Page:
17. 5. Blayne Enlow Current/Future Slider: 50/50 The last time Enlow appeared in a professional game, he was pitching well at High-A as a 20-year-old. Now he is 22-years old, and he has made some adjustments. His fastball sits in the low-90s, but he has a ton of spin on it, which can make it tough for hitters to make solid contact. When he locates his slider, it can be his best pitch. Some refer to his slider as a cutter because he gets similar action on the pitch. He should be pitching in the upper levels of the minors this year as he continues to improve his repertoire. 4. Yennier Cano, RHP Current/Future Slider: 50/55 Cano might be the least recognizable name on this list as the team signed him out of Cuba back in 2018. His fastball can reach the high-90s but his arm slot allows him to throw a slider, sinker, and splitter. He has experience on the Cuban National Team and in the Puerto Rican Winter League. He’s already 26-years old and he has never pitched higher than High-A. That being said, his fastball and slider combination might be enough for him to earn a middle relief job at the big-league level. 3. Edwar Colina, RHP Current/Future Slider: 50/55 Colina is going to be used in the bullpen and he will likely be relying on two pitches, an overpowering fastball and a slider. His slider is hard for batters to make strong contact because of how hard he throws it. He commands his slider better than his fastball and he can rely on the pitch in almost any count. Colina’s stocky build and starter experience might give way to him becoming a multi-inning reliever in the years to come. Either way, he is a very intriguing relief prospect. 2. Jordan Balazovic, RHP Current/Future Slider: 50/55 Like the top name on this list, Balazovic was a late addition to the team’s alternate site and reports were good. Out of the team’s top two pitching prospects, Balazovic is the only one that throws a slider, and it is his second-best pitch overall. This is the pitch he uses to miss bats and his mechanics allow it to play up against right-handed hitters. As he continues to develop, his slider should also be a weapon against lefties, especially with the presence of his ever-improving changeup. 1. Matt Canterino, RHP Current/Future Slider: 55/60 During last season, Canterino was a late addition to the team’s alternate site, but he is clearly one of the team’s top pitching prospects. His slider and his changeup both project to be plus pitches and his fastball can hit the mid-90s. His four-pitch mix gives him a chance to be a big-league starter and his slider projects to be the best pitch. Since being drafted, he has slowly moved up Twins prospect lists and he can end the 2021 season in the team’s top-5 prospects. How would you rank these players? Does someone else make the list? Leave a COMMENT and start the discussion. OTHER POSTS IN THIS SERIES -Fastball Prospects -Speed Tool Prospects -Hit Tool Prospects -Power Tool Prospects MORE FROM TWINS DAILY — Latest Twins coverage from our writers — Recent Twins discussion in our forums — Follow Twins Daily via Twitter, Facebook or email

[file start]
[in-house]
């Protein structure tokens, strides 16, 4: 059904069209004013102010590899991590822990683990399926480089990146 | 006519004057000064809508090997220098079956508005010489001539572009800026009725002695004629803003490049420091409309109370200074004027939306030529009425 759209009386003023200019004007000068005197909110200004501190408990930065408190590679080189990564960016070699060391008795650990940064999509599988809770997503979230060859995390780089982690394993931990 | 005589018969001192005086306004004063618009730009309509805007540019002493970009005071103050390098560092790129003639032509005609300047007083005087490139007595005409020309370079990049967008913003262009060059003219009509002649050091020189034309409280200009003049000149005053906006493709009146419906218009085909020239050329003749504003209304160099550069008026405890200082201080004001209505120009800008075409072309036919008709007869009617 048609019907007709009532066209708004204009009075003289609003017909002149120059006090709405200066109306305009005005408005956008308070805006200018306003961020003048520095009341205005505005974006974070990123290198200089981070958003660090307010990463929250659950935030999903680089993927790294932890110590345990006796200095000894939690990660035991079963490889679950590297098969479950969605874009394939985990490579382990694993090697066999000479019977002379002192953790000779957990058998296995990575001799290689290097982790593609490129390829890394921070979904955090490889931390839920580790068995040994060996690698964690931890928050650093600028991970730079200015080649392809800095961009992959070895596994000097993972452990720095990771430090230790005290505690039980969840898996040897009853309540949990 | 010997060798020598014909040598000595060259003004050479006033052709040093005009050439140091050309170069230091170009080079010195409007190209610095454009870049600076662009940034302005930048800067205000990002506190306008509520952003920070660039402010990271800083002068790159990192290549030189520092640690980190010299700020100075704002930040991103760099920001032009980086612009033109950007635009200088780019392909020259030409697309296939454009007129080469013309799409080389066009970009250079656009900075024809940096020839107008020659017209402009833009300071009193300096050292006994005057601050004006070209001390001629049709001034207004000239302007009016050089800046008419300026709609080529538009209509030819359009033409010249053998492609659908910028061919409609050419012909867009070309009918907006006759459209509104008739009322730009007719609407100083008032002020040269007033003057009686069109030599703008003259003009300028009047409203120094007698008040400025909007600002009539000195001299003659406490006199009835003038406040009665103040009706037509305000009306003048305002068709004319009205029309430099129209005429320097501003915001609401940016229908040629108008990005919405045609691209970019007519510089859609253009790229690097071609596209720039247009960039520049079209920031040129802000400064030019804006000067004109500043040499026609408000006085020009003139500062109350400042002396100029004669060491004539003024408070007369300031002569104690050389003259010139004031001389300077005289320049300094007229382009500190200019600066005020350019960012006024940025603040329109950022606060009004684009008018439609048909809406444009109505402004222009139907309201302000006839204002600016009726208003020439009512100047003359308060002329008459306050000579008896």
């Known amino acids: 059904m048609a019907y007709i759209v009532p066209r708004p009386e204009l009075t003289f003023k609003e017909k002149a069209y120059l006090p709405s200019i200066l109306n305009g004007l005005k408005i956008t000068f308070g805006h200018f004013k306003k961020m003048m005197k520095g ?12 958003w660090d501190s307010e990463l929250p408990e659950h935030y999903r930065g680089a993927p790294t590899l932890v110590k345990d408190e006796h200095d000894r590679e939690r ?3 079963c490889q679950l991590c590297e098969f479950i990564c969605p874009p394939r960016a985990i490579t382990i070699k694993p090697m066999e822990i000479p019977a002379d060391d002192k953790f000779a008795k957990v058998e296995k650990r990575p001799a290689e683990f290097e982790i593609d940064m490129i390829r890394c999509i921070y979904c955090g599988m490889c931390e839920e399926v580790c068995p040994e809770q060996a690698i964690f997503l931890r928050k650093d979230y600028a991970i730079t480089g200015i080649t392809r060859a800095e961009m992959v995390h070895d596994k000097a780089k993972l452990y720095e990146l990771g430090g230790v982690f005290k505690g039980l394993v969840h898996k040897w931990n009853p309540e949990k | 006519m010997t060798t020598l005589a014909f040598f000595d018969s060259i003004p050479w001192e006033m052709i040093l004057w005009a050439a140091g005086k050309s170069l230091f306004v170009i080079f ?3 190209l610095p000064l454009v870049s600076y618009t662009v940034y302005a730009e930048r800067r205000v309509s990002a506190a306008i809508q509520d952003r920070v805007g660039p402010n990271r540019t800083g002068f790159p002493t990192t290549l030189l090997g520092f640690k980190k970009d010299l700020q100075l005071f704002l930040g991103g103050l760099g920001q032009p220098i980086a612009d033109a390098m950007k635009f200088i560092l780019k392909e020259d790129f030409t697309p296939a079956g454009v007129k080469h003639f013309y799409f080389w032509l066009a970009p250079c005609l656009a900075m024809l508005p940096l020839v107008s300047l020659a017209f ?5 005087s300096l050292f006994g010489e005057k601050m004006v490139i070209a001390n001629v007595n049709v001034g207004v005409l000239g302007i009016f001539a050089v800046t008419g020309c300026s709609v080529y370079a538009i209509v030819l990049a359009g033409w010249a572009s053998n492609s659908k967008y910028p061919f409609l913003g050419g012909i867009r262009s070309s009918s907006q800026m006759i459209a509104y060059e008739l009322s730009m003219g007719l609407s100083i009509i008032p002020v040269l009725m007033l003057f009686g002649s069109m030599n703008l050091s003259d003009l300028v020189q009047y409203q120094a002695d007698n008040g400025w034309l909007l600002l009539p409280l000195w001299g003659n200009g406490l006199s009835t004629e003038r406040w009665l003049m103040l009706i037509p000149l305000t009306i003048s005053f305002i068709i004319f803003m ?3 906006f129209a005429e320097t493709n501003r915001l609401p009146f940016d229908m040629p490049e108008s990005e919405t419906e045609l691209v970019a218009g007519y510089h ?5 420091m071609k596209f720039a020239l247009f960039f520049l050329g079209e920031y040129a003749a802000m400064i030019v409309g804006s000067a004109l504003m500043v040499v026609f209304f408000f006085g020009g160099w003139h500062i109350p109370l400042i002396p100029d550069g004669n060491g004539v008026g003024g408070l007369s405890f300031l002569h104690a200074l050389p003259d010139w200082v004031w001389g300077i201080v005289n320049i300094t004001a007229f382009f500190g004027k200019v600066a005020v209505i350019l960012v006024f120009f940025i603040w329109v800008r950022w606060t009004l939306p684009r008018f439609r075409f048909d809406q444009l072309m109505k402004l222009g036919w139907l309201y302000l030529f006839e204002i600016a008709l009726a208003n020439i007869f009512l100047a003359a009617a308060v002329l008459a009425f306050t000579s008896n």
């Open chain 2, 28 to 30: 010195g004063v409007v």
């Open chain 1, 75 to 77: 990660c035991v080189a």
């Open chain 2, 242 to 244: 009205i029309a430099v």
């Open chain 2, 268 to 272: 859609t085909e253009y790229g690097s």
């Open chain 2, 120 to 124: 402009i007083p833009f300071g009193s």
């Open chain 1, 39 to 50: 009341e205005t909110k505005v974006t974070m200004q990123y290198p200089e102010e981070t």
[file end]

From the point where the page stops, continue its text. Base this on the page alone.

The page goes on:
18. If you missed the first round rounds, you can view them here. A brief primer: We're taking 16 players with "prospect" or "rookie" status. Positions on each team included: Catcher, first base, second base, third base, shortstop, three outfielders, a bench player/hitter, three starting pitchers, three relief pitchers, and an extra pitcher. (Please note that comments under the picks were made by the person making the selection.) Round 9 Seth Stohs - DaShawn Keirsey, OF 2019 was a tough season for Keirsey. He struggled and he just wasn’t able to stay on the diamond for an extended period of time. But, he is as athletic as anyone in the organization, and he can play a very good defensive centerfield. Steve Lein - Moises Gomez, RP Happy to land the guy I voted for as Twins Daily's 2019 Relief Pitcher of the year. He led Twins minor leaguers in K/9 rate at 13.3 and held hitters to an average under .150. He finished his season by being sent to the Arizona Fall League. Ted Schwerzler - Chris Williams, C The bat wasn’t what it was in 2018 with Elizabethton, but Chris Williams put on a show during his pro debut year. He swatted 15 dingers right out of the gate, and even in a down 2019, reached double digits. Lots to like here, and while he may not be the ideal defender behind the plate, I’m banking on the offense. Cody Christie - Jacob Pearson, OF I’ve been a big fan of Pearson since the Twins acquired him from the Angels. The organization has been aggressive with him and he put up some of his best offensive numbers after getting to the FSL last season. If the Twins continue to be aggressive with him, I think there will be positive results. Jeremy Nygaard - Yennier Cano, RP The Twins signing MLB.com’s #2 international free agent didn’t make big news as it came at the close of the 2019 IFA period and amidst the Twins division pennant run. Cano struggled with control during his American debut, but has the chance to move very quickly (and be a steal at this point in the draft.) I should also note Thievin’ Ted took the other two guys I targeted for this pick. Matt Braun - Yeltsin Encarnacion, SS I needed a shortstop like a plant needs water. Encarnacion fills the role with a passable bat for the position and the opportunity to move as Royce Lewis moves through the minor league system. Plus, his name is “Yeltsin”, what isn’t to love? Round 10 Matt Braun - Gabe Snyder, 1B Snyder provides the standard 1st base pop that was needed in my lineup. He isn’t as flashy of an option as someone like Zander Wiel but a 131 wRC+ at Cedar Rapids is great no matter how you slice it. Jeremy Nygaard - Anthony Prato, 2B Had to reverse course after plans to add power in Julien or Wiliams was foiled. Prato, who lacks power, makes up for it with speed and on-base skills. Between the top three of Celestino-Prato-Wade, there will be plenty of guys on base (who can also pose a threat to steal) for Wiel. Now just need to find more power bats... Cody Christie - Charles Mack, 2B The Twins took Mack out of high school back in 2018 and he played all last season with the E-Twins. He’s been young for both levels he has played at so far and he has been able to hold his own. Defensively, he has split time between third and second base. I’ll pencil him at second since I already have Steer at third. Ted Schwerzler - Max Smith, OF Smith was a late round pick in 2019, and while he was old for the Appy League, he showed up nicely. Power isn’t something I’d expect from him, but he did put seven balls over the fence. Add in that he can play all three outfield positions and this is where I’ll build that group from. Steve Lein - Caleb Hamilton, C Lot of reliever arms still left I like here, but pitchers need someone to throw to, right? Hamilton has played all over the diamond, but I'll keep him at catcher to utilize his leadership. Hamilton also gets on base and flashes power. Seth Stohs - Jovani Moran, LHRP He struggled a bit in 2019, primarily with control, but Moran has a track record of dominance. In 34 innings in 2019, he struck out 50 batters. Then he struck out 14 batters in nine innings in the AFL. From a roster construction standpoint, it will be good to have a lefty in the bullpen too. Round 11 Seth Stohs - Wander Valdez, 3B In the GCL last summer, Valdez hit .323 with six doubles and four home runs. This spring training in Ft. Myers, Valdez was one of the most impressive young prospects that I saw. He’s big, strong and athletic and looks to have a ton of power potential. Steve Lein - Tom Hackimer, RP The sidewinding righty has been phenomenal in the Twins system thus far with a 2.77 ERA and K/9 rate north of 10 as a pro. Surgery held him back for most of the 2018 season, slowing his rise, but rebounded in 2019 and could be an option for the Twins bullpen in the near future. Ted Schwerzler - Ernie De La Trinidad OF Acquired in the Eduardo Escobar trade with the Diamondbacks, De La Trinidad brings it across the board. None of the tools are flashy, but all have a chance to be average or better. Another strong outfield type, he’ll fit nicely out there on my team. Cody Christie - Victor Heredia, 1B Heredia showed some power during his time in the DSL but that power didn’t follow him last year as he made his debut with the GCL Twins. With another year of experience under his belt, I think the power will return and he completes the right side of my infield. Jeremy Nygaard - Zach Neff, LHRP Neff was a late-round pick in 2018, but has impressed enough to get a post-2019 invite to the AFL. He’s not great against right-handed batters, but dominates lefties and has posted over 9.00 K/9s both seasons as a pro. Matt Braun - Hector Lujan, RHRP Lujan had an odd year in 2019 as he struck out less hitters than usual at Fort Myers but then walked more hitters than usual at Pensacola. He’s been remarkably consistent so far in his career and his miniscule homerun rate made him an attractive candidate for my first reliever spot. Round 12 Matt Braun - Ryan Shreve, RHRP Everyone has “their guy” in the system and Shreve is certainly mine. He struck out 29.9% of batters in rookie ball for his first taste of professional baseball and that will work at any level. Once his BABIP is under control, he should move quickly through the system. Jeremy Nygaard - Drew Maggi, 3B Adding a 31-year-old to provide veteran leadership to an infield that includes two guys making their full-season debut. Good for getting on base, I also expect Maggi to bring double digits home runs and stolen bases to the lineup. Cody Christie - Anthony Escobar, RHRP I need to fill up a bullpen with the rest of my picks and Escobar is a good starting point. The 19-year old made his GCL debut last season and was asked to finish games for the first time in his career. His strikeout numbers aren’t there yet, but he doesn’t walk a ton and he has the potential to add to his small frame. Ted Schwerzler - Jimmy Kerrigan, OF Kerrigan was undrafted and has spent time in Indy Ball, but he’s also flashed at different stops in the Twins system. There’s both power and speed potential here, and rounding out my outfield this is a safe pick. Steve Lein - Jordan Gore, SS Ted sniped me above with Kerrigan, but I've also been planning to start shuffling some prior picks around the diamond to accomodate what is left. I like Gore's defense at SS a bit more than Gordon's, so I'll shift Nick to 2B. There's not been much bat here yet, but is a switch hitter with some speed and arguably the best hair in the organization. Side Note - Gore has been moved to the mound and is 100% a pitcher in 2020, so Steve has a true dual threat on his hands! Seth Stohs - Michael Helman, 2B Helman had a fantastic college career, and the Twins made him their 11th round pick in 2018. After signing, he quickly moved up to Cedar Rapids. He was pushed very aggressively to Ft. Myers to start 2019 and really struggled with the bat until a season-ended wrist injury. But he could hit, and he is a terrific middle-infield glove. MORE FROM TWINS DAILY — Latest Twins coverage from our writers — Recent Twins discussion in our forums — Follow Twins Daily via Twitter, Facebook or email